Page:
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Rajasthan High Court: Provision of Financial Assistance to a Certain Class of Persons held as a ‘Matter of Policy’

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A writ petition was filed at the Jaipur Division Bench of Rajasthan High Court. The petitioners were seeking directions for financial assistance to mitigate the situation for the needy and young advocates under the Bar Council of Rajasthan amid the COVID-19 lockdown. The Bar Council of India had already granted a sum of rupees one crore to the Bar Council of Rajasthan in the light of current circumstances.

In the early days of April 2020, the Supreme Court Bar Association set up a helping scheme to provide financial assistance to its needy members from the existing deposits. Subsequently, various States’ Bar Council dealt with similar considerations while the Bar Council of Delhi provided a sum of rupees 5000 to its needy members.

Issues before the Court

  1. Whether the Bar Council of India should be directed to provide financial assistance over and above the amount granted at present.
  2. Whether the court can enforce the obligation of statutory bodies to take care of the welfare of its members.

Arguments before the Court

Mr Bhuvnesh Sharma, the petitioner in person, apprised the Court of the insufficiency of financial grants issued by the Bar Council of India. In addition to this, a request to release funds for the welfare of advocates was also made to the State Government, however, it did not attend the issue.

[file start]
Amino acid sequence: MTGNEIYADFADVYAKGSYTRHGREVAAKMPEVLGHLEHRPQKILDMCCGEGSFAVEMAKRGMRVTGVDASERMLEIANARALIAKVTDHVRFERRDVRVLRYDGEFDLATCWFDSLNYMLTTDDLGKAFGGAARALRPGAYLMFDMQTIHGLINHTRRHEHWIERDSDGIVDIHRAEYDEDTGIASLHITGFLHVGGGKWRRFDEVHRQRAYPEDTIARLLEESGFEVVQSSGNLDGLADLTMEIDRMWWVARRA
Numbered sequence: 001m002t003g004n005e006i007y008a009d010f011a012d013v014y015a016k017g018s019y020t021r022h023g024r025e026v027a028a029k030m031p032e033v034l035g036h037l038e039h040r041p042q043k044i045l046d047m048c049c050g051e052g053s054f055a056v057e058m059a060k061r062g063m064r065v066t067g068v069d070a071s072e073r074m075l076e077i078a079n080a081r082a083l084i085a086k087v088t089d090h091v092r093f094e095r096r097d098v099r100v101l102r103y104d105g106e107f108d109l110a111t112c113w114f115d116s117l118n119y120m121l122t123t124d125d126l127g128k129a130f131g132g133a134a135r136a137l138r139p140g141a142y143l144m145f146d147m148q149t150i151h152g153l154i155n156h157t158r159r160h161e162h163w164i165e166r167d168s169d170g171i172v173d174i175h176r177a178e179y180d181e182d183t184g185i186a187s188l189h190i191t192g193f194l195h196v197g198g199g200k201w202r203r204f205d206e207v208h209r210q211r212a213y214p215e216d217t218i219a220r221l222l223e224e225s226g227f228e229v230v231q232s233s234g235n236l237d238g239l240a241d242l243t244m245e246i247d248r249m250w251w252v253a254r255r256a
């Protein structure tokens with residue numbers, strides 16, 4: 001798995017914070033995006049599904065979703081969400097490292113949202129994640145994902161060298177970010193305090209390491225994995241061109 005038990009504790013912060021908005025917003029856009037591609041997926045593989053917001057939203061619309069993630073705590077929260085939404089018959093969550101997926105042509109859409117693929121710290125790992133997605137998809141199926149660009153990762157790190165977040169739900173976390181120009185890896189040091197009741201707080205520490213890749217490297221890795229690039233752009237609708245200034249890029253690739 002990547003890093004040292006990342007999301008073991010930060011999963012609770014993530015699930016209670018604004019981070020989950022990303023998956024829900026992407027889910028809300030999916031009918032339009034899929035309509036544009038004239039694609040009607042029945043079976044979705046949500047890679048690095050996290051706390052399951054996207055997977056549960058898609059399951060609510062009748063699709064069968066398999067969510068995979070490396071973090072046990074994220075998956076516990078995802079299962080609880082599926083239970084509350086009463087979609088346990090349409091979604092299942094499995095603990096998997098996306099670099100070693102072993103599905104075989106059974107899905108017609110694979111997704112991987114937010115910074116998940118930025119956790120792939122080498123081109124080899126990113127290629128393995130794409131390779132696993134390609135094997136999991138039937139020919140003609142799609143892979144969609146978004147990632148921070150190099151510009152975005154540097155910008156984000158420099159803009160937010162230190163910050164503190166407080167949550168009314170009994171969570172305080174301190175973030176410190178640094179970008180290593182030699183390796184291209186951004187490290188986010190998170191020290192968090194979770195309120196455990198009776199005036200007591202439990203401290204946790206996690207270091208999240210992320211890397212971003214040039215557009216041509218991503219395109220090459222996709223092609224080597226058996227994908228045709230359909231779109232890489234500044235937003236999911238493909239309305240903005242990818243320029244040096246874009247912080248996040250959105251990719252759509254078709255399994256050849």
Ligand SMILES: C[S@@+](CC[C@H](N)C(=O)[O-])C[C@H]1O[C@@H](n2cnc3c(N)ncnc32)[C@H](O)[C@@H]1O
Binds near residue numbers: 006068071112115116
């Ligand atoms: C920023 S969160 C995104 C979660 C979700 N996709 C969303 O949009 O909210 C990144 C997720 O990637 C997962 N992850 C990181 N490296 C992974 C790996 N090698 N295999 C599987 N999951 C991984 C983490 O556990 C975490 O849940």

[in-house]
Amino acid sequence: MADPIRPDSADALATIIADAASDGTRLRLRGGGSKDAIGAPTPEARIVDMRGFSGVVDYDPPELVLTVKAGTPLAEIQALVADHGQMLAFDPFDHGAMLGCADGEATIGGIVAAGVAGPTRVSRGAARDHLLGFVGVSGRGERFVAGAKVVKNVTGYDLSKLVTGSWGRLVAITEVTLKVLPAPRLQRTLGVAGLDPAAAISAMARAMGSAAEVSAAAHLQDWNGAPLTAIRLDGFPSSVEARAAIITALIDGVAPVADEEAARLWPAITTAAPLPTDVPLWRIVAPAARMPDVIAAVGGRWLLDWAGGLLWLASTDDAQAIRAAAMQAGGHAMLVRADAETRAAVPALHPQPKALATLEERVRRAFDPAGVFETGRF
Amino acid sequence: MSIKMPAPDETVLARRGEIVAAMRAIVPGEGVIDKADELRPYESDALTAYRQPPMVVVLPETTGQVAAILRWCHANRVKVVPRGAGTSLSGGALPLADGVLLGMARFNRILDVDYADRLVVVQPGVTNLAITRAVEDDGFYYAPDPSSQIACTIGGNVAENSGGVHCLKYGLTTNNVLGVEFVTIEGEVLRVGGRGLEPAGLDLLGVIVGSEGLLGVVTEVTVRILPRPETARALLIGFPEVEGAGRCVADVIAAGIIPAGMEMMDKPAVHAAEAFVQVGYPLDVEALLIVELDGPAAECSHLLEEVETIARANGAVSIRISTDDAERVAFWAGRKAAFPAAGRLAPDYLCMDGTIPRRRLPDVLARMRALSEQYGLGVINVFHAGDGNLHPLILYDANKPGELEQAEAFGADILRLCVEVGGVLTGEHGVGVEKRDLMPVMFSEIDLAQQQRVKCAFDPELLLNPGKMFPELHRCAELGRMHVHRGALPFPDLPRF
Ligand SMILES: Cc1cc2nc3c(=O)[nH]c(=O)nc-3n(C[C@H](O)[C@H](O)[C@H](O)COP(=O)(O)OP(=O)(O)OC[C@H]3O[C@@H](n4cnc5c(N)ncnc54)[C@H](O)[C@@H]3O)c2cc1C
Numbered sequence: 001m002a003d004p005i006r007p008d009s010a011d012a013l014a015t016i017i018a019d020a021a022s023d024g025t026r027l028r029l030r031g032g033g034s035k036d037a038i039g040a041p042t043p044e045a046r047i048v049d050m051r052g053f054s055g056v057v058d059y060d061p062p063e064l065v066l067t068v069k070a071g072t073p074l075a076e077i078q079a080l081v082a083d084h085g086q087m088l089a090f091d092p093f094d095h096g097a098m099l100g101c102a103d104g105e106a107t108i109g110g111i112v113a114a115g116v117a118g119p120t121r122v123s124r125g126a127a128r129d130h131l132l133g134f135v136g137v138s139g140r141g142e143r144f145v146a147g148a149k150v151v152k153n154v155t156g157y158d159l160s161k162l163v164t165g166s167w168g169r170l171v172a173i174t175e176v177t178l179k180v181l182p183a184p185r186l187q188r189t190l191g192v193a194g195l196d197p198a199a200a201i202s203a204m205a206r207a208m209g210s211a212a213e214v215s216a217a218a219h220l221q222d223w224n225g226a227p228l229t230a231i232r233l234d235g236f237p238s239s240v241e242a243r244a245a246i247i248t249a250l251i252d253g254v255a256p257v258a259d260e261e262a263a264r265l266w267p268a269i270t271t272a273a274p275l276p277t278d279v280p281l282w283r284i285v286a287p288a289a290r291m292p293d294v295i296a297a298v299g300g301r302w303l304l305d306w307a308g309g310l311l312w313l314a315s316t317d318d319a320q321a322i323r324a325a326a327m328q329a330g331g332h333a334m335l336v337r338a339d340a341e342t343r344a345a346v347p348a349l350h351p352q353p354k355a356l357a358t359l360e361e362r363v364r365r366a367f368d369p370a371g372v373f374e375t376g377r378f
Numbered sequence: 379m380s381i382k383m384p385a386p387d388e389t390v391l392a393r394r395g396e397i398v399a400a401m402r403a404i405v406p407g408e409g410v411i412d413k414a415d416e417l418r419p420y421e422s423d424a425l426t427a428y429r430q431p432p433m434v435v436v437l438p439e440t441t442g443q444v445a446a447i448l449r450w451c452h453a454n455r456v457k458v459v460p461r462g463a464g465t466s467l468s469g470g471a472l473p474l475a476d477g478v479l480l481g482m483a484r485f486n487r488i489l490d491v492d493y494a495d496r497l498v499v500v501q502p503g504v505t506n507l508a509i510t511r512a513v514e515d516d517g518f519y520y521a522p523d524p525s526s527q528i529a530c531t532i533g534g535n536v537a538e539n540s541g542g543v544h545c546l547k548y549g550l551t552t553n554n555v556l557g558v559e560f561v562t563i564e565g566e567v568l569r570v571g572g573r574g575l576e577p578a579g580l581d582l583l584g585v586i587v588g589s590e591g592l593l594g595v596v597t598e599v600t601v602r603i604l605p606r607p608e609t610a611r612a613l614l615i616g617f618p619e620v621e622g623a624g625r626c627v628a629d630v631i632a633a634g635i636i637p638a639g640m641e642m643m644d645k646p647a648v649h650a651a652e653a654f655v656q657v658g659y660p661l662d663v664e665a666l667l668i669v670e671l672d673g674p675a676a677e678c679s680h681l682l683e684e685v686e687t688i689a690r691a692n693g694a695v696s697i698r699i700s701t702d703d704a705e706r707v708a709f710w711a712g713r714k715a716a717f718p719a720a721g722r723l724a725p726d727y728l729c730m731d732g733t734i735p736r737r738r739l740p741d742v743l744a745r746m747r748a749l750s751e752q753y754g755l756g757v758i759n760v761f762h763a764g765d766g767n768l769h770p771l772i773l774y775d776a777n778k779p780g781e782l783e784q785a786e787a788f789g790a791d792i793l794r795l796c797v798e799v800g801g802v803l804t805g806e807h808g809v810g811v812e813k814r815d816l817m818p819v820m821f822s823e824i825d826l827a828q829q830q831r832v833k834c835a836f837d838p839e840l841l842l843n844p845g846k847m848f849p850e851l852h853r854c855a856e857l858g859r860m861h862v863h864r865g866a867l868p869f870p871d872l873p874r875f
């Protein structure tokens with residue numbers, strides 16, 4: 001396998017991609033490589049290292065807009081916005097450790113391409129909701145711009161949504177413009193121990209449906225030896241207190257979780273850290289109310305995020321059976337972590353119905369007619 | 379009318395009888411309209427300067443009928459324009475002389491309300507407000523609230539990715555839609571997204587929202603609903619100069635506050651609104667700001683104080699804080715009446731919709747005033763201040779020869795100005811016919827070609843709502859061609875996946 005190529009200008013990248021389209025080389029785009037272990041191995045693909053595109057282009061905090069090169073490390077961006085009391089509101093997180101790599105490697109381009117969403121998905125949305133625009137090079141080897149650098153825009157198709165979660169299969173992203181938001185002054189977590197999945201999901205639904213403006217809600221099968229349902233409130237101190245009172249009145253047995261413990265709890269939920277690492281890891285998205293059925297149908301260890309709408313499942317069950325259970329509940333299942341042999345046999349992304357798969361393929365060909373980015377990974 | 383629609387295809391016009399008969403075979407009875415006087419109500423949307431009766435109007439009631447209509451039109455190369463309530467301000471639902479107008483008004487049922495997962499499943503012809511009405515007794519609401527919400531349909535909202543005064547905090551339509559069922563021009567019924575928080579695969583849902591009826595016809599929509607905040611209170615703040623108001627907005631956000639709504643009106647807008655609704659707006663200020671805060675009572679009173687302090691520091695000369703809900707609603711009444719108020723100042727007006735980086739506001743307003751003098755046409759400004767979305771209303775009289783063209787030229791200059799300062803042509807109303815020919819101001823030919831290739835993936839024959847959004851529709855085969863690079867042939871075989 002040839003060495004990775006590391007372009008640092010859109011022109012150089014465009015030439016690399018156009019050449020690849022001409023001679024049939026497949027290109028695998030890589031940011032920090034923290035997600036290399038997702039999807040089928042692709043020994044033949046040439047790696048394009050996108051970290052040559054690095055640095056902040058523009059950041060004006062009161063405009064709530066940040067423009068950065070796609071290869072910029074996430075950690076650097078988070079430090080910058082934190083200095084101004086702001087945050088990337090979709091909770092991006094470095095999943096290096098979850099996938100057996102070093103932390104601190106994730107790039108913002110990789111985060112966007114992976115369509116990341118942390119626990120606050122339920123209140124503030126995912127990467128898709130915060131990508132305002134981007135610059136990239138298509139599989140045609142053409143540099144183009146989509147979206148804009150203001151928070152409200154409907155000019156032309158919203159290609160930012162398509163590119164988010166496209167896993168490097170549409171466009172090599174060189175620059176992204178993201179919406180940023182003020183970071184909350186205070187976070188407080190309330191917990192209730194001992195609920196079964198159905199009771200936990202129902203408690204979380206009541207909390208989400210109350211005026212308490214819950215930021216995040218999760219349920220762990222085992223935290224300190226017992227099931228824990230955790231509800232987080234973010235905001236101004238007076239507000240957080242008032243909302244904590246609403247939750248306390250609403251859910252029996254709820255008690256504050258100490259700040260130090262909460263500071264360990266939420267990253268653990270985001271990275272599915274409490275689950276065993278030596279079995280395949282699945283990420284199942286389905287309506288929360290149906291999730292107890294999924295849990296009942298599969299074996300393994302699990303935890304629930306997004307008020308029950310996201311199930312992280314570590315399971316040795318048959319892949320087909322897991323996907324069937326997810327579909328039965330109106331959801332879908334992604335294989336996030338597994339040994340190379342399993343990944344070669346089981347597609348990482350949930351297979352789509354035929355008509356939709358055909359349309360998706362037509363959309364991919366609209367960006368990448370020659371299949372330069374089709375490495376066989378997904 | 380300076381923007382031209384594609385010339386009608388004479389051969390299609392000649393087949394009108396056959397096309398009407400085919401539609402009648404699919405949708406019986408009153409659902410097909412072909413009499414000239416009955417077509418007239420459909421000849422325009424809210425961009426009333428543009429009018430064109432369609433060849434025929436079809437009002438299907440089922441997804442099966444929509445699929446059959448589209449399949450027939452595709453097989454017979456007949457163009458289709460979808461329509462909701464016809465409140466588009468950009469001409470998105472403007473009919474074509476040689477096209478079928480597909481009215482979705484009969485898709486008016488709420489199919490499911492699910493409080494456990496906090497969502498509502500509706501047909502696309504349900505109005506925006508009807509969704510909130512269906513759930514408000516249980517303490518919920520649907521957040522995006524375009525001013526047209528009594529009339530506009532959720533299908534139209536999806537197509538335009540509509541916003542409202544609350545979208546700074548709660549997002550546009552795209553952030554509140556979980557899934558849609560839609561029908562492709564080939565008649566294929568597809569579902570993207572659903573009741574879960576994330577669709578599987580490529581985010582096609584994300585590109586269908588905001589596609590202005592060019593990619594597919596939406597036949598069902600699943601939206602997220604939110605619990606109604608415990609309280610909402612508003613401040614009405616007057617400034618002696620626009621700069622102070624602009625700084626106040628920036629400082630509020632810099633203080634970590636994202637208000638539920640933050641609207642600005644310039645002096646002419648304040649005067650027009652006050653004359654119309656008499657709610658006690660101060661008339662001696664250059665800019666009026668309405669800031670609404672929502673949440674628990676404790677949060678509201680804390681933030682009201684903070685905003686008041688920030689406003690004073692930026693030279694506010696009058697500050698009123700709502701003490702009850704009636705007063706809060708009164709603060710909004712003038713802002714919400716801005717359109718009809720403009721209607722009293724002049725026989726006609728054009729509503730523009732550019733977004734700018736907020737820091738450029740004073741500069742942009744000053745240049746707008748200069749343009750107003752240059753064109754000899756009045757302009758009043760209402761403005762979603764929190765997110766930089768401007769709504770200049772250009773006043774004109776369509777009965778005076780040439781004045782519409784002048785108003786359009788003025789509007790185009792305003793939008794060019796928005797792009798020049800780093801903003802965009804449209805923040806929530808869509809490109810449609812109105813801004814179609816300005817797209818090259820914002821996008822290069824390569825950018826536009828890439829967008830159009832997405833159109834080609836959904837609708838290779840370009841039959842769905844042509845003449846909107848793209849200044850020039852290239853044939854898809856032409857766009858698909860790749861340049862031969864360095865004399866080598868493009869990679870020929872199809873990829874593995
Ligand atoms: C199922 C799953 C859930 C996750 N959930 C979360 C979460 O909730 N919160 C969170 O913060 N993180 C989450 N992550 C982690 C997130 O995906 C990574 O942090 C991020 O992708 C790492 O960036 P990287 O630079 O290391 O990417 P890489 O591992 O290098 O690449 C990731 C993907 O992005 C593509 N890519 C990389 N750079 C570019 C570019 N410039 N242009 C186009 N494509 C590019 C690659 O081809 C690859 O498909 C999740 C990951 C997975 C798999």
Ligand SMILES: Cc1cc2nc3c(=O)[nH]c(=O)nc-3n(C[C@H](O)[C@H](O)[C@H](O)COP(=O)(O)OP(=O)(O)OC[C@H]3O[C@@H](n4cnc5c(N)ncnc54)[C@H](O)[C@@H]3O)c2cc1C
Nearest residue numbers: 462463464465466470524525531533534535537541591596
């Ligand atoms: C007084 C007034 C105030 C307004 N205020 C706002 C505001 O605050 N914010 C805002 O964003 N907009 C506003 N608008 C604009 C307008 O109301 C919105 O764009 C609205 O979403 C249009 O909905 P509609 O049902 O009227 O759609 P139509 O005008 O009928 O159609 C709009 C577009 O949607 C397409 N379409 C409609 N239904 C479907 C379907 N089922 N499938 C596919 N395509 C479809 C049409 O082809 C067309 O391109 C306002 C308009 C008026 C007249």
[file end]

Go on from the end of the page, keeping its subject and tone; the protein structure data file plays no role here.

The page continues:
The petitioner further submitted that the Bar Council of Delhi provided a sum of rupees 5000 to its needy members. Hence, the Court may direct the issuance of sufficient funds under the aegis of the State Government and Bar Council of India. They also highlighted the obligation of statutory bodies, the Bar Council of India and Rajasthan in the present case, to ensure the welfare of its members.

Ratio Decidendi

The Court held the provision of financial assistance to a certain class of persons to be a ‘matter of policy’ to be considered by the State Government and Bar Council of India according to the availability of resources. The Court shall not indulge in the writ jurisdiction posed in such matters.


In the present case, the petitioners were seeking assistance due to the long period of suspension of services owing to the COVID-19 pandemic. The lockdown period has multifold implications on various professionals and class of persons, however, the financial needs for basic sustenance are met only by few. Therefore, the government at Centre and State and different Statutory Bodies have been providing financial assistance to the needy members on several occasions.

While analyzing the ratio laid in the case at hand, the Court has stated precedence of the terms ‘certain class of persons’ and ‘matters of policy’ over the statutory obligation as argued by the petitioners.